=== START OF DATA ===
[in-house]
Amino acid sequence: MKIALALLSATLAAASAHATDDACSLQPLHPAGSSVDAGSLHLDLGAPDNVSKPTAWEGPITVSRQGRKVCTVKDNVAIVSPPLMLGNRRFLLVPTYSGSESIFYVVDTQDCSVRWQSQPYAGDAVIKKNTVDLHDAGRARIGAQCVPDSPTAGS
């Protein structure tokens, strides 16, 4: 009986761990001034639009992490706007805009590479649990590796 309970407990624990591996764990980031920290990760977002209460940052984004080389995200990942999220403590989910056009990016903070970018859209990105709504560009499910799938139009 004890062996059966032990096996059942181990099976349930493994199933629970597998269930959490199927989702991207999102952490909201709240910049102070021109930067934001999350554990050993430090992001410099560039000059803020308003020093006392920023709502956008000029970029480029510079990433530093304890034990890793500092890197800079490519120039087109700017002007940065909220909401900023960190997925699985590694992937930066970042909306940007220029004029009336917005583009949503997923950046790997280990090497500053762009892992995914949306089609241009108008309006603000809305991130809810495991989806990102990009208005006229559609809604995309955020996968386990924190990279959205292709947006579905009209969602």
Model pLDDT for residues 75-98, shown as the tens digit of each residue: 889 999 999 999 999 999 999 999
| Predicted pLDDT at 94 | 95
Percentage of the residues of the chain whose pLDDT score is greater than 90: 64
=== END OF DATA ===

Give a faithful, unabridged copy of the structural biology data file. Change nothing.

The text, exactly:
[in-house]
Amino acid sequence: MKIALALLSATLAAASAHATDDACSLQPLHPAGSSVDAGSLHLDLGAPDNVSKPTAWEGPITVSRQGRKVCTVKDNVAIVSPPLMLGNRRFLLVPTYSGSESIFYVVDTQDCSVRWQSQPYAGDAVIKKNTVDLHDAGRARIGAQCVPDSPTAGS
């Protein structure tokens, strides 16, 4: 009986761990001034639009992490706007805009590479649990590796 309970407990624990591996764990980031920290990760977002209460940052984004080389995200990942999220403590989910056009990016903070970018859209990105709504560009499910799938139009 004890062996059966032990096996059942181990099976349930493994199933629970597998269930959490199927989702991207999102952490909201709240910049102070021109930067934001999350554990050993430090992001410099560039000059803020308003020093006392920023709502956008000029970029480029510079990433530093304890034990890793500092890197800079490519120039087109700017002007940065909220909401900023960190997925699985590694992937930066970042909306940007220029004029009336917005583009949503997923950046790997280990090497500053762009892992995914949306089609241009108008309006603000809305991130809810495991989806990102990009208005006229559609809604995309955020996968386990924190990279959205292709947006579905009209969602």
Model pLDDT for residues 75-98, shown as the tens digit of each residue: 889 999 999 999 999 999 999 999
| Predicted pLDDT at 94 | 95
Percentage of the residues of the chain whose pLDDT score is greater than 90: 64